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Old 08-09-12, 10:25 AM   #2734
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Is this just due to weight, or also due to other factors like geometry?
It's probably a combination of factors:

-weight
-old, non-efficient drivetrain. Meaning, worn out gears, stretched chain, old bearings, etc etc
-illusion of effort. You can shift down on a roadbike which sometimes feels better but makes you slower. On a fg/ss you HAVE to keep spinning that gear and since you can't gear down to maintain the same cadence, you are just forced to push a little harder
-geometry has more of an affect on handling, rather than just speed. Which, I guess, could translate into a slower overall ride if there are lots of turns. Though, I would suspect that to only really make a noticeable difference if there are long stretches of twisty downhill in his route.

edit: oh yeah /notcarleton

edit2: another thing I have noticed on old road bikes is the brakes suck! Maybe I just haven't encountered a good one, yet. Being able to brake efficiently has a large effect on overall speed. This may be a moot point if the dude who originally asked the question is brakeless
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Old 08-09-12, 10:32 AM   #2735
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At some point those huge quads might become an aero disadvantage...
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Old 08-09-12, 01:04 PM   #2736
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Carleton how do you rate a midlevel frame for track use? I know some things to look for like a good amount of dropout so I can change cogs without removing or adding a link to the chain, stiffness and aero.

I wanted to get a serious track frame, not a fixed gear bike made for road use. The options so far are the Specialized Langster PRO, Giant Omnium, Cervelo T1, Cinelli Vigoreli and Dolan Seta. All of them seem like good choices but the price varies like crazy, from $600 to $1200 and besides the seta for being carbon I can't see why such a price difference. Can you give me some hints, pointers?
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Old 08-09-12, 01:07 PM   #2737
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There is a good thread over in the track forum all about this, and it lists just about every option there is. But remember the biggest factor in a bike is does it fit?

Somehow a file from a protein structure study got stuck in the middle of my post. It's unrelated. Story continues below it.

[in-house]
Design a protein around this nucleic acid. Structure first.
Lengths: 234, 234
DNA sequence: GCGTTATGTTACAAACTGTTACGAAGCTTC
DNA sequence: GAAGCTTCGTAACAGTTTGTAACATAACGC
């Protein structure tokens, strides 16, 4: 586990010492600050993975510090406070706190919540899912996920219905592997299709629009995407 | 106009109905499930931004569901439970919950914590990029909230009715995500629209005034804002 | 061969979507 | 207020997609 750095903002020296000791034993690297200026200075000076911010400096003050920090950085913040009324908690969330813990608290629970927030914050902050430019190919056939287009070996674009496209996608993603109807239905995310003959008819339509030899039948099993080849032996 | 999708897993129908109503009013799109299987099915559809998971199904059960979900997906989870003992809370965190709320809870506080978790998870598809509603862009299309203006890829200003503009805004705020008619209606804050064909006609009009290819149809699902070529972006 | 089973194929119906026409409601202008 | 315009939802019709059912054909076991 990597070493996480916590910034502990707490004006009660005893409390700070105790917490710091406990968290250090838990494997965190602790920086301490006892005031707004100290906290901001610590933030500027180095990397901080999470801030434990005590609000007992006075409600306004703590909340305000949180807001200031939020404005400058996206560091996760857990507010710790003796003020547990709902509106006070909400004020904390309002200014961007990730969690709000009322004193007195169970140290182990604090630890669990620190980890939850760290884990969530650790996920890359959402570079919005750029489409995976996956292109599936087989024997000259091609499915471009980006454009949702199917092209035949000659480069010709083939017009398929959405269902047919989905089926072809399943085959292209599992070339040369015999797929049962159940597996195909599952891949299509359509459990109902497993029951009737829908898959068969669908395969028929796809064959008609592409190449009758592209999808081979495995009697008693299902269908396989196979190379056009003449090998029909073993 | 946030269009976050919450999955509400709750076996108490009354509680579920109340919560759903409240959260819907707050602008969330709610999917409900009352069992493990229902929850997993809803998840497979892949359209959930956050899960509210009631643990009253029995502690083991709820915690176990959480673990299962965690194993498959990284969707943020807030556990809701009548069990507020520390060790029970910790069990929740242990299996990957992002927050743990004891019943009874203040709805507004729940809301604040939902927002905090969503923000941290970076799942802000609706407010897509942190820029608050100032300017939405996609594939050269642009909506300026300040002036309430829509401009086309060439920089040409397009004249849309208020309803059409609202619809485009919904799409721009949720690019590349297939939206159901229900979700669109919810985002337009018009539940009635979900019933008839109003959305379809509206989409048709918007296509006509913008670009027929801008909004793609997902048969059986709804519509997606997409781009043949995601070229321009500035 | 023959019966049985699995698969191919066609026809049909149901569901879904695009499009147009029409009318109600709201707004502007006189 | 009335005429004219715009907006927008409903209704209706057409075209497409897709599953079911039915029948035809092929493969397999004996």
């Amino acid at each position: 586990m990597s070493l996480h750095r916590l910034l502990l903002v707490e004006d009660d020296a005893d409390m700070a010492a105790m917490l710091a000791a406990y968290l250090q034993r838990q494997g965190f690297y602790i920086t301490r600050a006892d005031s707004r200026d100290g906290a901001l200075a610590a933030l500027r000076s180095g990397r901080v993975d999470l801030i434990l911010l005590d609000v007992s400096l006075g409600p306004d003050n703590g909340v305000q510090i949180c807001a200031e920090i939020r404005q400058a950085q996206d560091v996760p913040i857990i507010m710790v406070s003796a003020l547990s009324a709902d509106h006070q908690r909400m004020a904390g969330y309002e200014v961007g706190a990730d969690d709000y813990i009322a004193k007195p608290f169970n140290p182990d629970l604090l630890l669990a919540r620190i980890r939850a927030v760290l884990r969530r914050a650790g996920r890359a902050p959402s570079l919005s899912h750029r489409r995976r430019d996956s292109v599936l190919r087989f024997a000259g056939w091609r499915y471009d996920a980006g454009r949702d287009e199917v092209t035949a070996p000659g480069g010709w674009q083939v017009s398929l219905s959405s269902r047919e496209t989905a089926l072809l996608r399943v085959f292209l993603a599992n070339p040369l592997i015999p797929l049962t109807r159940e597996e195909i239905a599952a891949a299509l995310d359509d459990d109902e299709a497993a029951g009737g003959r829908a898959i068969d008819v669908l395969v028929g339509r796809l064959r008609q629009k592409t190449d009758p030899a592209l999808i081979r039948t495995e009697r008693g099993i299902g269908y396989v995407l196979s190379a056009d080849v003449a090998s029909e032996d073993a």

Here is the thread
http://www.bikeforums.net/showthread...k-Racing-Bikes
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Old 08-09-12, 02:01 PM   #2738
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There is a good thread over in the track forum all about this, and it lists just about every option there is. But remember the biggest factor in a bike is does it fit?

Here is the thread
http://www.bikeforums.net/showthread...k-Racing-Bikes
+1
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Roadies can run tempo all year as that's what humans were designed for. If you want to be a cheetah, lay around and lick your paws more.
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Old 08-09-12, 02:14 PM   #2739
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Thanks Kayce!

The main thing I wanted to know is how to compare the frames with each other besides geometry. For full bikes I can understand the price difference since the components aren't the same but most of these frames are 6000/7000 series Al with Carbon forks, so how something like the 2013 Langster Pro costs $600 and the Cervelo T1 costs $1200?


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Old 08-09-12, 02:16 PM   #2740
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The name, amount that goes into research, etc etc.
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Old 08-09-12, 02:35 PM   #2741
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...when i see a matchup like kenney vs bauge and kenney just pulls away at the end not even stressing out.
"magic wheels" :-)
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Old 08-09-12, 03:21 PM   #2742
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Thanks Kayce!

The main thing I wanted to know is how to compare the frames with each other besides geometry. For full bikes I can understand the price difference since the components aren't the same but most of these frames are 6000/7000 series Al with Carbon forks, so how something like the 2013 Langster Pro costs $600 and the Cervelo T1 costs $1200?
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The name, amount that goes into research, etc etc.
+1

I can't see the cervelo T1 being worth $1200. It's just a good mid-level aluminum frame. Pragmatically, there is nothing special about it. It's not much different than other similar aluminum frames (Pista Concept, Trek T1, Felt TK2/3, etc...).
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Roadies can run tempo all year as that's what humans were designed for. If you want to be a cheetah, lay around and lick your paws more.
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Old 08-09-12, 03:22 PM   #2743